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Dry gangrene

often develops in violation of the circulation of the limb in exhausted, dehydrated patients. With the slow development of necrosis, the tissues dry out, shrivel, mummify, become dense and become dark brown or black with a bluish tint. Dry gangrene usually does not progress, limited to part of the limb segment. The onset of clinical manifestations is characterized by the appearance of severe ischemic pain below the site of vessel occlusion. The limb is made pale, then the skin takes on a marble look, it becomes cold to the touch, the pulse cannot be felt.
Loss of sensitivity, there is a feeling of numbness in the legs. Pain persists for a long time, which is explained by the preservation of nerve cells among the dead tissues and reactive tissue edema above the focus of necrosis.
Simultaneously with the violation of the patency of the main main vessel, usually a spasm of collateral arterial branches is noted, which accelerates and expands the necrotic process. Starting with the peripheral parts of the limbs, gangrene spreads up to the level of vessel blockage or slightly lower. With a favorable course on the border of dead and healthy tissues, a demarcation (protective) shaft gradually develops. Full tissue rejection and recovery is a long process. Microorganisms in dry tissues do not develop well, but in the initial phases, the putrefactive microflora that have entered them can cause the transition of dry gangrene into a wet one. In this regard, asepsis is especially important before the tissues dry out.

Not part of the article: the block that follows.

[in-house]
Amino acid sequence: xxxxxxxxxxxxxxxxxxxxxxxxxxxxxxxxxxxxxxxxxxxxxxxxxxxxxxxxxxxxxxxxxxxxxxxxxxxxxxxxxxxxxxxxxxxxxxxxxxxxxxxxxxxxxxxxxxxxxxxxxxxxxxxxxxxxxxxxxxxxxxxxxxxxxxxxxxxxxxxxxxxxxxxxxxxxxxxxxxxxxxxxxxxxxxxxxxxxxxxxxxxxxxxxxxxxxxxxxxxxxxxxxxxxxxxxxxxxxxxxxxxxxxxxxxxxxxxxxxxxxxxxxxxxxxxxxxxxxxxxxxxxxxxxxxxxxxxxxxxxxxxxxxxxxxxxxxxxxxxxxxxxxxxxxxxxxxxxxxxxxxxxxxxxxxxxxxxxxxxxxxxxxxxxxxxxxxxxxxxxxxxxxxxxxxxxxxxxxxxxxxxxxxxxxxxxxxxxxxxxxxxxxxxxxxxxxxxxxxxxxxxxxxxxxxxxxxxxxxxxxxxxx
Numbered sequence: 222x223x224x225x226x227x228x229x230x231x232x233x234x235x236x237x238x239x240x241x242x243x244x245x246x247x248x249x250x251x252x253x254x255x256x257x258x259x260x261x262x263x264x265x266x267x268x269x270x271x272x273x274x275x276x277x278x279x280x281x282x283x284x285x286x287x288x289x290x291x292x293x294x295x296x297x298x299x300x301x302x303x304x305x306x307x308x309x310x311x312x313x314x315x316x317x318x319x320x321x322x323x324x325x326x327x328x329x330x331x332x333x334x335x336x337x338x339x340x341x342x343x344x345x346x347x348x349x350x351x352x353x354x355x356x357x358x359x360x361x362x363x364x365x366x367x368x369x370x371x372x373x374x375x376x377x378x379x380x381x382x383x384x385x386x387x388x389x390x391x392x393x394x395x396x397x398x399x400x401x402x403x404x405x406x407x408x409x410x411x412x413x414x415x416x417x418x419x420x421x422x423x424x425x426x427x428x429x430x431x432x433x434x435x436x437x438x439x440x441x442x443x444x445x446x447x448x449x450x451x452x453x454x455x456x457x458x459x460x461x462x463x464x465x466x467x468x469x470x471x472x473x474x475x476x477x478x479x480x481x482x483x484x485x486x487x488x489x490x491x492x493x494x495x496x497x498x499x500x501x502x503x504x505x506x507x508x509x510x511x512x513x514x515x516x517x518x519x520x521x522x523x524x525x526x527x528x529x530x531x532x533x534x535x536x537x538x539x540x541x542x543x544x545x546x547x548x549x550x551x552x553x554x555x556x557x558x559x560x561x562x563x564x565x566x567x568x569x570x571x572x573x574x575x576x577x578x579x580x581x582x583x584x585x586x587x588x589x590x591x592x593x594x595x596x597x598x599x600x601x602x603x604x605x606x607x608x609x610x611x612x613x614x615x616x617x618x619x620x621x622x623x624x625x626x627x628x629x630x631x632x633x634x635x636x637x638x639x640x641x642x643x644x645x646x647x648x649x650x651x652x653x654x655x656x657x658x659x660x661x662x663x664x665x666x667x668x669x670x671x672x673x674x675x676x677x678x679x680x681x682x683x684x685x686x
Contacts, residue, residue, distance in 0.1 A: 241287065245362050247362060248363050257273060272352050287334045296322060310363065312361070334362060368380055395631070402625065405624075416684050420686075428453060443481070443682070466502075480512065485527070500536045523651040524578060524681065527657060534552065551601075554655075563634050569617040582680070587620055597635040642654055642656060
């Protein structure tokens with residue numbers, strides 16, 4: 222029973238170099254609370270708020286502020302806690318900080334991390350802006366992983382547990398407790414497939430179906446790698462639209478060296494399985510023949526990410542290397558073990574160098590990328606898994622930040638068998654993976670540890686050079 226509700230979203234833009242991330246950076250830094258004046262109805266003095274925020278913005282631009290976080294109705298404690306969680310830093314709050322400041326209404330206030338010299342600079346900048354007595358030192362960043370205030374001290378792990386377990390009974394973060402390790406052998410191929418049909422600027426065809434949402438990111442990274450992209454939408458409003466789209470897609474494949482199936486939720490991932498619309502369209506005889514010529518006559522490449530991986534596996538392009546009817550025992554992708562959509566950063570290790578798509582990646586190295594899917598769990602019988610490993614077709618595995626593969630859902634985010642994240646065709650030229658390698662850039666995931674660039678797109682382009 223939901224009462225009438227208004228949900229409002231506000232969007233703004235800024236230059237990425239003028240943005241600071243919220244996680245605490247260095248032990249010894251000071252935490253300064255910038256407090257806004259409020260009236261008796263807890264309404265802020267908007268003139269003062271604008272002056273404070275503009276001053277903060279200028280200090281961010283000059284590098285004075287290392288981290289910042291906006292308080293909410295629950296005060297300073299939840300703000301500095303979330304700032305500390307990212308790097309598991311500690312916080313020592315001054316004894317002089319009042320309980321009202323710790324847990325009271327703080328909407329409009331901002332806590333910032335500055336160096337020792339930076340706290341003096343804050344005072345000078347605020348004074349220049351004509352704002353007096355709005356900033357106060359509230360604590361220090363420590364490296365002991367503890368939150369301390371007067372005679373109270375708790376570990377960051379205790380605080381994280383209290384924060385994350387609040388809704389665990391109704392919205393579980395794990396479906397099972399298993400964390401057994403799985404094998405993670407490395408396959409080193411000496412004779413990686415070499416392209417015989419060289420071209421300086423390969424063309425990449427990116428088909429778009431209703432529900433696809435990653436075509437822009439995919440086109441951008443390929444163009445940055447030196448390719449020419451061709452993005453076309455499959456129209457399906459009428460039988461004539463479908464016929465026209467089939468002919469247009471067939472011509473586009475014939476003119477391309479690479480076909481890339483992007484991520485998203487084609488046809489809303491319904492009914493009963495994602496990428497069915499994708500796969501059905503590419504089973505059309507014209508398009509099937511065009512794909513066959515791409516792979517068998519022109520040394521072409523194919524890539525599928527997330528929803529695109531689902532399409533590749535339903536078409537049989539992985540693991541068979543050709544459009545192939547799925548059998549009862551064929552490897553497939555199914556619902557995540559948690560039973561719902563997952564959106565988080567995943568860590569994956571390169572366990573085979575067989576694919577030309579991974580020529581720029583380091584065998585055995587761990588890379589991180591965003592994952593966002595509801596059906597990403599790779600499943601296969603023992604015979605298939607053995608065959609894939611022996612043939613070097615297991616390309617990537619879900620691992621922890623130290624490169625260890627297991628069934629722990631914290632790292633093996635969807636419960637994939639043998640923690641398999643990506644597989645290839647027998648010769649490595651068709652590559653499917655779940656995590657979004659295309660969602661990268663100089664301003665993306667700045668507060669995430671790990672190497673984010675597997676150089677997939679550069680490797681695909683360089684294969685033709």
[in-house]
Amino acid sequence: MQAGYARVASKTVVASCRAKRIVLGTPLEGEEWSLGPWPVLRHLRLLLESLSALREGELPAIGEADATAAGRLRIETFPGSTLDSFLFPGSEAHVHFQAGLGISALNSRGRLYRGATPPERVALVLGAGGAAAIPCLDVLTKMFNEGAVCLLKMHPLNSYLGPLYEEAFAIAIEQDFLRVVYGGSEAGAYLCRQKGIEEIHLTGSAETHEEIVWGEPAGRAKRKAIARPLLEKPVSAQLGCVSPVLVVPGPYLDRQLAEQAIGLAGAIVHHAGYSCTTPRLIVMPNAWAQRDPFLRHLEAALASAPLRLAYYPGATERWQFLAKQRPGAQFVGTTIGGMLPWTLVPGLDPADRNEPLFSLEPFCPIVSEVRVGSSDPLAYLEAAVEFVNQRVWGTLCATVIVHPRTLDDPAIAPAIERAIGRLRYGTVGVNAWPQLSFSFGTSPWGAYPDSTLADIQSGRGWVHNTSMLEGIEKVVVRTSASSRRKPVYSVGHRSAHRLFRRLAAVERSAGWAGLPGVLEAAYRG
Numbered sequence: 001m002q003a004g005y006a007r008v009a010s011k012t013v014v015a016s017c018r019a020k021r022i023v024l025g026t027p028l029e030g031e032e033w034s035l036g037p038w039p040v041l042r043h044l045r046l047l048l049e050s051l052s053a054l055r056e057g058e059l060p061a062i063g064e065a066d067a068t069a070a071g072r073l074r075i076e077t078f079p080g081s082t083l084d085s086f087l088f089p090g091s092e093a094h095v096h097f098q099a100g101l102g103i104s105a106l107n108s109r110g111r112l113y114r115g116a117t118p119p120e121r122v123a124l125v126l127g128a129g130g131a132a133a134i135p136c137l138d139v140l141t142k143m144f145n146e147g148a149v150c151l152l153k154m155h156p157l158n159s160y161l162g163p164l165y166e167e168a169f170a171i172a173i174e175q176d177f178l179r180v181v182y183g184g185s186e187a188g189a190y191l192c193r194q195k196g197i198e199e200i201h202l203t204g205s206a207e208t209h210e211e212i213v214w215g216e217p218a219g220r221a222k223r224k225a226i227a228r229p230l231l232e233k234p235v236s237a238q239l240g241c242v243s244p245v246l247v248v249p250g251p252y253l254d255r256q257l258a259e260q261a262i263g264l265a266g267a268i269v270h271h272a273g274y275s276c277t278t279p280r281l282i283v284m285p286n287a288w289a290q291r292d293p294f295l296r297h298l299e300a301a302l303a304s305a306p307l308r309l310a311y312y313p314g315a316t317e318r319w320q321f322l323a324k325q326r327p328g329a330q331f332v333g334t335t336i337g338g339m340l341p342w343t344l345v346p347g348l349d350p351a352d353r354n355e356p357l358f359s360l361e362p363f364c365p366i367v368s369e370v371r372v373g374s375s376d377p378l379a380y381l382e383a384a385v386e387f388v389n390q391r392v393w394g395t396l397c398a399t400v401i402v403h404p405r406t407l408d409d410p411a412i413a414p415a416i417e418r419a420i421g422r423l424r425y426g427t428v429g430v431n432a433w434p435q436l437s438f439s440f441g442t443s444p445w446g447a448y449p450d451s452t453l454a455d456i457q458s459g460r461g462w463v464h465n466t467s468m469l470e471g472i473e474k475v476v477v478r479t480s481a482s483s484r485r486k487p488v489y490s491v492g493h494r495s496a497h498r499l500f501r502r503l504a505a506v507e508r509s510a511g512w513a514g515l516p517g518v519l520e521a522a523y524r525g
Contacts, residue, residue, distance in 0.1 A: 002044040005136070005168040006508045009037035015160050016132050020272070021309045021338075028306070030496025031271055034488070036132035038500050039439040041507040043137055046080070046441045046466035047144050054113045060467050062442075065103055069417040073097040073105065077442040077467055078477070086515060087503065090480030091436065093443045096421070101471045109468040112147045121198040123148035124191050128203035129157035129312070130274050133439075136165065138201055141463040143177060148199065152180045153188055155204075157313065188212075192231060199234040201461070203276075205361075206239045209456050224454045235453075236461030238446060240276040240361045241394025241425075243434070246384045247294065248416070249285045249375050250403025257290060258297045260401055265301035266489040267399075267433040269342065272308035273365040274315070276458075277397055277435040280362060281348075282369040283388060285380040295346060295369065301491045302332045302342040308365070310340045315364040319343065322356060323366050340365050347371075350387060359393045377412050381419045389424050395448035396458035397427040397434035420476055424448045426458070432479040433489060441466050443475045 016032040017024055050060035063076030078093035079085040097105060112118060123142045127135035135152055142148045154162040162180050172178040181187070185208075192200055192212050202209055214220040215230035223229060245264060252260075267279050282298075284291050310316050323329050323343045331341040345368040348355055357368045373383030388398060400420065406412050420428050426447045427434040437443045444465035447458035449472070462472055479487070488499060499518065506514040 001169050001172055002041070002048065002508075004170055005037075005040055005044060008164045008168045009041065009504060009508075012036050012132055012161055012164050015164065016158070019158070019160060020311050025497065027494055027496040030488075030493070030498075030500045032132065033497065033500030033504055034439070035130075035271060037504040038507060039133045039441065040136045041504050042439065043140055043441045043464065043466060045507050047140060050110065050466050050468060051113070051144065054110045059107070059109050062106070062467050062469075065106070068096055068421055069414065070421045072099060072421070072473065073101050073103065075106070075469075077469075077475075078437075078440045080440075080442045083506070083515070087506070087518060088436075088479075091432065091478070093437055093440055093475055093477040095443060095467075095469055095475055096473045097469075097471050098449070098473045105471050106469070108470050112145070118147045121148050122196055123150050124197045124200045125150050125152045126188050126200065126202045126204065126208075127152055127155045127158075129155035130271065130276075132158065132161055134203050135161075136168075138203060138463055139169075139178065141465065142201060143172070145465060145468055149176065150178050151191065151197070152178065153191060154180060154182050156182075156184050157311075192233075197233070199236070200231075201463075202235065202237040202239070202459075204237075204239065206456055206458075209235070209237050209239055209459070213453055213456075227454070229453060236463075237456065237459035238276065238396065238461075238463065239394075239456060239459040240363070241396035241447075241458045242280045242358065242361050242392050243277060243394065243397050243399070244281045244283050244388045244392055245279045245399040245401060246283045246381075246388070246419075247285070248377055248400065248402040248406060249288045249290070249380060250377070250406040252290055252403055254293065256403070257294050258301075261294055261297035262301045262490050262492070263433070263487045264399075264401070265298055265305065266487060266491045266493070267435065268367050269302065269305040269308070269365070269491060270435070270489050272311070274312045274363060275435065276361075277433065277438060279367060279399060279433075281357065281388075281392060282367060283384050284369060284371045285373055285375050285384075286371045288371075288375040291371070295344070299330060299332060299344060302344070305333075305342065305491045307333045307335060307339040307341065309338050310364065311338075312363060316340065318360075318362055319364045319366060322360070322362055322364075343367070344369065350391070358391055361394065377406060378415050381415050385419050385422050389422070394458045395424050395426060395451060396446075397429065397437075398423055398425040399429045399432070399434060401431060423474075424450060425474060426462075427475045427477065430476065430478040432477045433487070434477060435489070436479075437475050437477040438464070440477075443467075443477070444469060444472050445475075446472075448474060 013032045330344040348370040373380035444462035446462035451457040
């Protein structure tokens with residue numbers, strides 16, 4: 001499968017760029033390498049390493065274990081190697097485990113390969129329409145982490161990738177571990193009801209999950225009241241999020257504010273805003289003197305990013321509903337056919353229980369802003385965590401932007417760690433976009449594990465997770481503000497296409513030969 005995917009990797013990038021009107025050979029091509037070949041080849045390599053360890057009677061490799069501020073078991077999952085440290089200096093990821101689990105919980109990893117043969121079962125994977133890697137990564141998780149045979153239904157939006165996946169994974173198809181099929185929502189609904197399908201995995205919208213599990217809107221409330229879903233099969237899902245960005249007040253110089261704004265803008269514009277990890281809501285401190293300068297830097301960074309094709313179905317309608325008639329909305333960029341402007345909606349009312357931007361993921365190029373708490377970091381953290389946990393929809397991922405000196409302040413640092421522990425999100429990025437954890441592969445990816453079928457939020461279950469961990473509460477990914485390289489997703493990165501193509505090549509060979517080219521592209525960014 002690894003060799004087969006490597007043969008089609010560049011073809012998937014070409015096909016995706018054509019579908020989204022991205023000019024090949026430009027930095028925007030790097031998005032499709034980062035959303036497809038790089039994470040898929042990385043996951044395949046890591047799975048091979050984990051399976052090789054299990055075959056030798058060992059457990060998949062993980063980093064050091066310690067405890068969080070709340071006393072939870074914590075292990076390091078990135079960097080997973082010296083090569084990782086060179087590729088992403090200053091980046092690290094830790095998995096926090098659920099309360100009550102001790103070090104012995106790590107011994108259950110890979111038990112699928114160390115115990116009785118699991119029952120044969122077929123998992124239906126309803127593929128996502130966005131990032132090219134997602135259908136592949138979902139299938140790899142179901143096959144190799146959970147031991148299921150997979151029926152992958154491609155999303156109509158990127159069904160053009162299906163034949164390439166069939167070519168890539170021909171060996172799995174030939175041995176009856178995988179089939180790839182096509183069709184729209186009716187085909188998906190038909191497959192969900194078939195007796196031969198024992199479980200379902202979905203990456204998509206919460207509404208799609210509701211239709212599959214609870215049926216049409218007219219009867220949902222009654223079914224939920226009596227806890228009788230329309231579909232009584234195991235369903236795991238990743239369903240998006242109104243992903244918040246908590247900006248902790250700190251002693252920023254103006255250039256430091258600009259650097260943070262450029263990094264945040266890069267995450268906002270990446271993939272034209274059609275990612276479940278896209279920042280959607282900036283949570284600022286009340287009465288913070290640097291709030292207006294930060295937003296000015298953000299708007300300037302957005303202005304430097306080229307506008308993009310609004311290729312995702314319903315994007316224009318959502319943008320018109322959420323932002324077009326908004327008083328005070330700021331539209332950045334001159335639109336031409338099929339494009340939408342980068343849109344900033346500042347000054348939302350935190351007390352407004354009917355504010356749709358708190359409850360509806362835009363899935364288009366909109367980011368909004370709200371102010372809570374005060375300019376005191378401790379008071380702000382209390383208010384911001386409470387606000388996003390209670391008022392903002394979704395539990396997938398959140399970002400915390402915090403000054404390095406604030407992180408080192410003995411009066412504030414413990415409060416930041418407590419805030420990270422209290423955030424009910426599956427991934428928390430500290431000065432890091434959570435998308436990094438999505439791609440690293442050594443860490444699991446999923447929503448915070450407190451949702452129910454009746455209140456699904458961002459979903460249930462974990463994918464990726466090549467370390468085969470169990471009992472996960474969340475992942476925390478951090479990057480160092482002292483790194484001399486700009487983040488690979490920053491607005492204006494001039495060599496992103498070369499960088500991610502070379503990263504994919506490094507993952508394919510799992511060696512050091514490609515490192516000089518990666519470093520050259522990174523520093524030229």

With dry gangrene, the decay of dead tissue almost never happens, and the absorption of toxic products is so insignificant that intoxication is not observed. The general condition of the patient suffers a little. This allows, without great risk, to postpone the operation of removing dead tissue (necroectomy) or amputation until the demarcation shaft is fully and clearly displayed.